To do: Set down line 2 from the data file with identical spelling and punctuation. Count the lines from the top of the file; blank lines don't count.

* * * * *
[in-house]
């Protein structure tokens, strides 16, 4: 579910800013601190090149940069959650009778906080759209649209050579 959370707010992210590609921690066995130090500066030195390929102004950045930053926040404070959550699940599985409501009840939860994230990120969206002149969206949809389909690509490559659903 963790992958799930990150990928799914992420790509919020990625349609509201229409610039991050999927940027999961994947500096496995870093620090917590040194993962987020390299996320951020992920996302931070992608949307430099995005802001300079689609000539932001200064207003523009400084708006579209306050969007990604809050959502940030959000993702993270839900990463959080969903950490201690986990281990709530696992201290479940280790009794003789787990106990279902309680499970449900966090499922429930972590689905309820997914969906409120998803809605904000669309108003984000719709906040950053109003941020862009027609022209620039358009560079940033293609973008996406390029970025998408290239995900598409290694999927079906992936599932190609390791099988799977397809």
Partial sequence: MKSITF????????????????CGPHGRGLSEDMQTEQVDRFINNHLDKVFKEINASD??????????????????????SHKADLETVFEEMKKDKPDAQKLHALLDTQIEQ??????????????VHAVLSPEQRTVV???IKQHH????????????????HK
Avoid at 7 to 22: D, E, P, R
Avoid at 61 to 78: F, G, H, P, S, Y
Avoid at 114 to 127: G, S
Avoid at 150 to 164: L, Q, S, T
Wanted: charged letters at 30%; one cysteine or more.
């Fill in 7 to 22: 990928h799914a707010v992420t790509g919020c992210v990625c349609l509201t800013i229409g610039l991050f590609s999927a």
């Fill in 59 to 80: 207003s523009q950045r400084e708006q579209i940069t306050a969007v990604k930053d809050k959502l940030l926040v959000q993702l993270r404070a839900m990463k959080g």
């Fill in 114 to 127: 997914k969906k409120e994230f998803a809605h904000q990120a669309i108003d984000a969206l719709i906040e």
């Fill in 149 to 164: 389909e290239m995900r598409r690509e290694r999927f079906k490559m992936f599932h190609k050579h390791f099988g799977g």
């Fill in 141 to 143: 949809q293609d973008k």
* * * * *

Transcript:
């Protein structure tokens, strides 16, 4: 579910800013601190090149940069959650009778906080759209649209050579 959370707010992210590609921690066995130090500066030195390929102004950045930053926040404070959550699940599985409501009840939860994230990120969206002149969206949809389909690509490559659903 963790992958799930990150990928799914992420790509919020990625349609509201229409610039991050999927940027999961994947500096496995870093620090917590040194993962987020390299996320951020992920996302931070992608949307430099995005802001300079689609000539932001200064207003523009400084708006579209306050969007990604809050959502940030959000993702993270839900990463959080969903950490201690986990281990709530696992201290479940280790009794003789787990106990279902309680499970449900966090499922429930972590689905309820997914969906409120998803809605904000669309108003984000719709906040950053109003941020862009027609022209620039358009560079940033293609973008996406390029970025998408290239995900598409290694999927079906992936599932190609390791099988799977397809």